This 'unfriending' wasn't quite like how it is today with social media, like when you realise you haven't seen a post or message from someone you're friends with on Facebook for quite sometime and you go to there page and see you're not friends anymore, they must have 'unfriended' you. Now that can be a shock I realise and can be hurtful but just imagine it's your lunch break, you're 13/14 years old and you love your friends but you can't find them anywhere, it's like they have vanished. What do you do? Well, I did search for them before going back to class but couldn't figure out where they had gone and upon returning to class being ignored by all of them. That was not a good day.


So being a 13 year old with all this unwanted attention and abandonment, I started to become concerned that I was going to continue growing until I had to duck through doorways and I became really stressed about it and asked my mother if I could see a doctor or specialist to find out if I was normal. I went for blood tests, X-rays of my skull and hands were taken too and the doctor informed me that I was perfectly normal, no thyroid issues that would require open head surgery, which to this day seems a bit excessive, it was simply just genetics at play. Turns out I had a really tall great grandfather.


So the next 3 years I got through thanks to my best friends at the horse riding club where I had my own horse, Blondie. We were a big group of girls and a few boys and no one cared how you looked or who you were friends with at school, we spent every afternoon and weekend going on out rides, jumping fences and generally mucking about the stable yard. I dared not participate in sports like I used to in junior school. A girl I knew at high school was the shot putt champion and she was called terrible names behind her back and that put me right off.

I was riding a motorbike from the age of 14 so I had freedom to get around and spend time at my best friends house. Vikki went to a different high school than me unfortunately, but every afternoon I would see her at the stables and we would sleep over at each others houses on the weekends. When I was 15 yrs old I started enjoying going to the beach and took up body boarding in the sea with a new set of friends who were surfers and who I hung out with at high school when I did attend and who weren't judgemental like my previous best pals and like me didn't wanna be there.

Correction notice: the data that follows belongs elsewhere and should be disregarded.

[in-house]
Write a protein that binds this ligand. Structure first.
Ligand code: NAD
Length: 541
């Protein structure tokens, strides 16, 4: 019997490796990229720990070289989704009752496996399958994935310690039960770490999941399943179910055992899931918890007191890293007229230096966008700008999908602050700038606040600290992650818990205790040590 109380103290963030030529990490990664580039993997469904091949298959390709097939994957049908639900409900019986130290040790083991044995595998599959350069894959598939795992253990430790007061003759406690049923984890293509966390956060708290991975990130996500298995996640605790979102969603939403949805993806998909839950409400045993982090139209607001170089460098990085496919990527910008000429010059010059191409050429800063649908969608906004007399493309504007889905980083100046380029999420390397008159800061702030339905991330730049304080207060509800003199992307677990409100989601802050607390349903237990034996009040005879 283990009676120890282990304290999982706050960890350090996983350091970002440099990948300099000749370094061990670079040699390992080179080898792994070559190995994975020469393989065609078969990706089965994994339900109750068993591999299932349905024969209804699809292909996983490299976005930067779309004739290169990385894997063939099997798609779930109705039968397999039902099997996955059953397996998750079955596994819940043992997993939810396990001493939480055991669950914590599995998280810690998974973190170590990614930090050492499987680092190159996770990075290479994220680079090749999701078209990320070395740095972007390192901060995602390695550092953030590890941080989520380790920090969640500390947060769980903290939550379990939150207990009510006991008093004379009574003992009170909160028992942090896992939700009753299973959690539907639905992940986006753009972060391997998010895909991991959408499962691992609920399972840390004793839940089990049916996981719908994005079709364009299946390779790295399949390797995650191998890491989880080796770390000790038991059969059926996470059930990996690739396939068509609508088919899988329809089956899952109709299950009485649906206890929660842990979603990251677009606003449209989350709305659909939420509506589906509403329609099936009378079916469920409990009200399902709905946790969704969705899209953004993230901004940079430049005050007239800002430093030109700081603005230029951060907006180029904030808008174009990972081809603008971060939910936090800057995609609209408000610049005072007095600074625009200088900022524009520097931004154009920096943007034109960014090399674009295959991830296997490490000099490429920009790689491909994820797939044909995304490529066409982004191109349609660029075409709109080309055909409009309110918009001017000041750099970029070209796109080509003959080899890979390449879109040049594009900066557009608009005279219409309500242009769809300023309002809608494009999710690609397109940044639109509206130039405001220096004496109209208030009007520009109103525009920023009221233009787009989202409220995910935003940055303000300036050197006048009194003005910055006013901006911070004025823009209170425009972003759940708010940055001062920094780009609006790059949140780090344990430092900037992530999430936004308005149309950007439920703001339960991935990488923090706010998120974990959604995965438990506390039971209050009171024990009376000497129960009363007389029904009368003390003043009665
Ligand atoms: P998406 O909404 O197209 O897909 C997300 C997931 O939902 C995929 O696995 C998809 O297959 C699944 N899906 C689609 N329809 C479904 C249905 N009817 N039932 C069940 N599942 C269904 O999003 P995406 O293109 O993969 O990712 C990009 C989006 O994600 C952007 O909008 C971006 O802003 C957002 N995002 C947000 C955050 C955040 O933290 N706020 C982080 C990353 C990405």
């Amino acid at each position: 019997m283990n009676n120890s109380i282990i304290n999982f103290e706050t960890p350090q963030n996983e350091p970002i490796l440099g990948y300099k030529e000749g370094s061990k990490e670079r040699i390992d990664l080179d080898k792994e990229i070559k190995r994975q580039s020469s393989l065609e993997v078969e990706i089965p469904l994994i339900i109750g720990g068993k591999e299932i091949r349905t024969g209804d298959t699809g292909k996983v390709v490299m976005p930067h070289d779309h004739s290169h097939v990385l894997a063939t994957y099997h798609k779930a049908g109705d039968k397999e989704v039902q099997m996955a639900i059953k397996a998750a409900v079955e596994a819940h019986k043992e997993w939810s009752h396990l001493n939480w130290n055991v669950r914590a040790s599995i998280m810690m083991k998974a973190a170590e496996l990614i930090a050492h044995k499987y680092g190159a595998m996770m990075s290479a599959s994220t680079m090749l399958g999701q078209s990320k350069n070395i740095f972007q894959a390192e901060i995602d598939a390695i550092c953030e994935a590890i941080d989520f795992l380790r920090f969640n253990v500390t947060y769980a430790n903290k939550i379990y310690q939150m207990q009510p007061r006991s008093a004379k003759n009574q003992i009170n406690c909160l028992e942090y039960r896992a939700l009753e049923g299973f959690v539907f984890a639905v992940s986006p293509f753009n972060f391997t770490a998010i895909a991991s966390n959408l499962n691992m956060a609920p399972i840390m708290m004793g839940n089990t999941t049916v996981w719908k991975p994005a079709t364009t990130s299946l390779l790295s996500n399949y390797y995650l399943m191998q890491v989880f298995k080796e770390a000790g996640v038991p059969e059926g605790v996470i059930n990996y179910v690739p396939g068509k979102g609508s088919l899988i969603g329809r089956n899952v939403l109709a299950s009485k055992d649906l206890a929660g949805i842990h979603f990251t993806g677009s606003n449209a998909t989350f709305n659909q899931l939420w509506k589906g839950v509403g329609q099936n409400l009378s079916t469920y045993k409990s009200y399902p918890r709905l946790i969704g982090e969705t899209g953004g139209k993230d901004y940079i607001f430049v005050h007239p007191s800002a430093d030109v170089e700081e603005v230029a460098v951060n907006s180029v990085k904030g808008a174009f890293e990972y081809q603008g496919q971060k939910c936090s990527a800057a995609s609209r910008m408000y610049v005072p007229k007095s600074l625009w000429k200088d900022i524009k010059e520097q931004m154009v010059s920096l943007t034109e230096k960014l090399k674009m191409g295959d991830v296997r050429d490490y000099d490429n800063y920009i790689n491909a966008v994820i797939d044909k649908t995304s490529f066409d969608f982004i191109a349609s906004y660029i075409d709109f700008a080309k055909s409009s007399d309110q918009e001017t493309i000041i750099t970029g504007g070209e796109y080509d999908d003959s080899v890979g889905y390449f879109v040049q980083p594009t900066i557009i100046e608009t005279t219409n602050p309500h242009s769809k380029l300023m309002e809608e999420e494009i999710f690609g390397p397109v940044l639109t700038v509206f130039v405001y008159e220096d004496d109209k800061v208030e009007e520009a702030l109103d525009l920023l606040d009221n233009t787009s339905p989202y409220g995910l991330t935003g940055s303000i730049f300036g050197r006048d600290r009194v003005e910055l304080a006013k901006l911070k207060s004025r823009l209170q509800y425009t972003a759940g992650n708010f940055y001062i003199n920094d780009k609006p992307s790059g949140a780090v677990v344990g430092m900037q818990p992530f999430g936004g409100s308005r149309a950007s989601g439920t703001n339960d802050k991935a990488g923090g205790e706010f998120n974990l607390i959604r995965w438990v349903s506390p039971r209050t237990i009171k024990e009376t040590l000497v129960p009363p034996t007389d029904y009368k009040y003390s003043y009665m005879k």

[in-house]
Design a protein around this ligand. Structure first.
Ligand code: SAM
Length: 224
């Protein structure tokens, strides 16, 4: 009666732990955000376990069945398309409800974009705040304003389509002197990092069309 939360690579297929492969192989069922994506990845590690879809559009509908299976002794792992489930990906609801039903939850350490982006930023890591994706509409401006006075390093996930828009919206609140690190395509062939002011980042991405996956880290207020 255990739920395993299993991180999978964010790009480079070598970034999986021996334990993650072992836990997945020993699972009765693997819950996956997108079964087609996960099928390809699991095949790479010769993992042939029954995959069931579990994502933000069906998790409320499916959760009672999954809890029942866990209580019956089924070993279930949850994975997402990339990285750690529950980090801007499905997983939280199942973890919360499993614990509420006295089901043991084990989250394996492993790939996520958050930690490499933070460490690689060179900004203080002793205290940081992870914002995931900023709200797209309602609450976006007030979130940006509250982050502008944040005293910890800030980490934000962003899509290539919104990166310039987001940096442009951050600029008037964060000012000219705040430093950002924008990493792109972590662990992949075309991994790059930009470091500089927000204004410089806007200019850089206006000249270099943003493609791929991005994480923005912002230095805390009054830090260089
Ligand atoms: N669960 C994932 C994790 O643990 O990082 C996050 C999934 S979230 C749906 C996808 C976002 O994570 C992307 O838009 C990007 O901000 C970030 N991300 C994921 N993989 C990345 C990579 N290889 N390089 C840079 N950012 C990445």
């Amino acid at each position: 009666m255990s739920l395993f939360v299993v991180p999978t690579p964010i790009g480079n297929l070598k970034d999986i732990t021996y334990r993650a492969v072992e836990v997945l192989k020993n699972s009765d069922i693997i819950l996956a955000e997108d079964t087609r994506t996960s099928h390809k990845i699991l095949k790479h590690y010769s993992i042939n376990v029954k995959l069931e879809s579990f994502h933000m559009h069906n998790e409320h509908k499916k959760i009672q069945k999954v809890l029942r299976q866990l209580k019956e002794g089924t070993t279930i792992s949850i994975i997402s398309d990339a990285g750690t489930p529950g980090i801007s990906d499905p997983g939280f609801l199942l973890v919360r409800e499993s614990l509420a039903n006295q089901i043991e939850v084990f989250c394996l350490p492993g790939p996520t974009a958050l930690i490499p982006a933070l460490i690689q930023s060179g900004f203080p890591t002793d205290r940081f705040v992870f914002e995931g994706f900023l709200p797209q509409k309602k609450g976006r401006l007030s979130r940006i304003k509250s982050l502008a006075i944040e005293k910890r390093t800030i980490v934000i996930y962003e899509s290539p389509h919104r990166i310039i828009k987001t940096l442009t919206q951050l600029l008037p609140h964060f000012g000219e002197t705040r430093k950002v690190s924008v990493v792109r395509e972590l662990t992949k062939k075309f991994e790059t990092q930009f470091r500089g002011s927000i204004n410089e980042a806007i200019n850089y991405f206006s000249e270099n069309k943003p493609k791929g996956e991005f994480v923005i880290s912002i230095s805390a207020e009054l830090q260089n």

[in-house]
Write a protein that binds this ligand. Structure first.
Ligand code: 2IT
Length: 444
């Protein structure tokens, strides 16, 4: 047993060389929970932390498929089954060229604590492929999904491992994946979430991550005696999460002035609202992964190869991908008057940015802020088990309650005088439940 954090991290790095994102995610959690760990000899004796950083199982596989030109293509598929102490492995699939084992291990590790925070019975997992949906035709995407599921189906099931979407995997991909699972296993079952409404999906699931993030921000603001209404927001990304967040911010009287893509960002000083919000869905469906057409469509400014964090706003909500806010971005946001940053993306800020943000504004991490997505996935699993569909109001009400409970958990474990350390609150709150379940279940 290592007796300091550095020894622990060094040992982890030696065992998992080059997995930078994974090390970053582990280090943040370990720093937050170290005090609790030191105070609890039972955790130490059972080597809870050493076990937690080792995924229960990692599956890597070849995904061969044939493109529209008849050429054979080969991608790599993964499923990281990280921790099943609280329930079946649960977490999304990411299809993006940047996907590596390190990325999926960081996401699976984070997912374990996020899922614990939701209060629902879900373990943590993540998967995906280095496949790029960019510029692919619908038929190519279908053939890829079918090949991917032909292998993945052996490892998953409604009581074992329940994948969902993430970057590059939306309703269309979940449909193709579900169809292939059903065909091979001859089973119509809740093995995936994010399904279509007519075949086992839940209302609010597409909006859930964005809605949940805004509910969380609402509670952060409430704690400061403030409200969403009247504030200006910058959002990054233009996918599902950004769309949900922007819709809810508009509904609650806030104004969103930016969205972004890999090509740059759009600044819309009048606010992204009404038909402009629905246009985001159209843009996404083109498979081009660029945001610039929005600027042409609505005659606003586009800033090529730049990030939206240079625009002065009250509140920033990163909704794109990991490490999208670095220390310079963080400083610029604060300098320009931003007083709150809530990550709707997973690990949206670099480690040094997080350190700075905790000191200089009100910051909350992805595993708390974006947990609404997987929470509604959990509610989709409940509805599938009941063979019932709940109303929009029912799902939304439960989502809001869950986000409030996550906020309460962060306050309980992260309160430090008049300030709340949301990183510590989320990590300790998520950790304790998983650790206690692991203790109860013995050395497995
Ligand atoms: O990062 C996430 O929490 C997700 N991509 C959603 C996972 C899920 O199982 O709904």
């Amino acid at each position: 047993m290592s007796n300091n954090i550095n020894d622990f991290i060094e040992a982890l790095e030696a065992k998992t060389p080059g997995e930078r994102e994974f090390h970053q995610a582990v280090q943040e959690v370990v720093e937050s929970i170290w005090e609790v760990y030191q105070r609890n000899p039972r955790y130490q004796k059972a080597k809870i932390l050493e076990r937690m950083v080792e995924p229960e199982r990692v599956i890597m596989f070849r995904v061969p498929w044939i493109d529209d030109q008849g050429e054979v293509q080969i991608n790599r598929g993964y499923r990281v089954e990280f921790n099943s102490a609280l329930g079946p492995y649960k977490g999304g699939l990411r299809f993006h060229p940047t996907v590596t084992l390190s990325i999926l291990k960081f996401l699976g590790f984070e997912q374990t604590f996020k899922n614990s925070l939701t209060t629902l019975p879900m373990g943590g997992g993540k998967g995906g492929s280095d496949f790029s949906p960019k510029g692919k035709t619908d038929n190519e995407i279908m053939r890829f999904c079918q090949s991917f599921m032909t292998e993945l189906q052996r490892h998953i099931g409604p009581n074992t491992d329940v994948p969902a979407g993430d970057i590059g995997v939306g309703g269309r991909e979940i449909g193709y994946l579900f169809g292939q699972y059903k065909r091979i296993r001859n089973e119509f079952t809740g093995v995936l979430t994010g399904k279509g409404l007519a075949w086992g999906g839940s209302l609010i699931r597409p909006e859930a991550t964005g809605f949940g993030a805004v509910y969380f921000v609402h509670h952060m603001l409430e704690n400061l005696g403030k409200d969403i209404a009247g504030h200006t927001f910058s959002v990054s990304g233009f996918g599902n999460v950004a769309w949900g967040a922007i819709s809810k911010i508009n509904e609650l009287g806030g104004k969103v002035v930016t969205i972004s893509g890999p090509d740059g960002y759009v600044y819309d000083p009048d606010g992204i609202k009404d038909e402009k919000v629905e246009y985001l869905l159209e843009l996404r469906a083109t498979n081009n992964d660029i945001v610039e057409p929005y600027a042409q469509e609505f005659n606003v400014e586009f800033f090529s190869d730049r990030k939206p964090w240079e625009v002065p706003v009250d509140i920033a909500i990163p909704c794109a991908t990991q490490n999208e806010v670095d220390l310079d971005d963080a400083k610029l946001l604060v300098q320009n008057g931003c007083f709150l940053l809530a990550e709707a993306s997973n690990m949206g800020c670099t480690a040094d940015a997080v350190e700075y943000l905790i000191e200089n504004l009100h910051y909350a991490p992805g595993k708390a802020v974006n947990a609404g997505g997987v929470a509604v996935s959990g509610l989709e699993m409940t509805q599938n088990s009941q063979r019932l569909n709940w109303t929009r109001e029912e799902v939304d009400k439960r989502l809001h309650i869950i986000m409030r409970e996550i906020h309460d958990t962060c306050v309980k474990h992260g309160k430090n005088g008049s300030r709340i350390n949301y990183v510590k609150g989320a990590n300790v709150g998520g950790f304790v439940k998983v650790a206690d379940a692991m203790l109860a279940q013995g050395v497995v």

At the age of 16 I went to college and studied commercial art....


To be continued.



my junior class photo I am the tallest
Tallest person in class

2 Comments


Leanne Gravell Saunders
Leanne Gravell Saunders
Jan 12

Wow, I'm incredibly proud of my younger sister for penning such a thoughtful and inspiring blog on bullying! Your piece not only sheds light on a unique perspective but also brilliantly captures the essence of resilience and wit in the face of adversity. Your personal journey of overcoming the comments about your height is not only relatable but also serves as a beacon of strength for others going through similar experiences.


Your ability to rise above negativity and respond with intelligence and humor is truly commendable. It's clear that your words carry the weight of personal experience, making them all the more powerful. I believe your story will resonate with many, offering not only comfort but also valuable insights on…



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How's The Weather Up there?
How's The Weather Up there?
Jan 12
Replying to

Thank you so much my darling sister!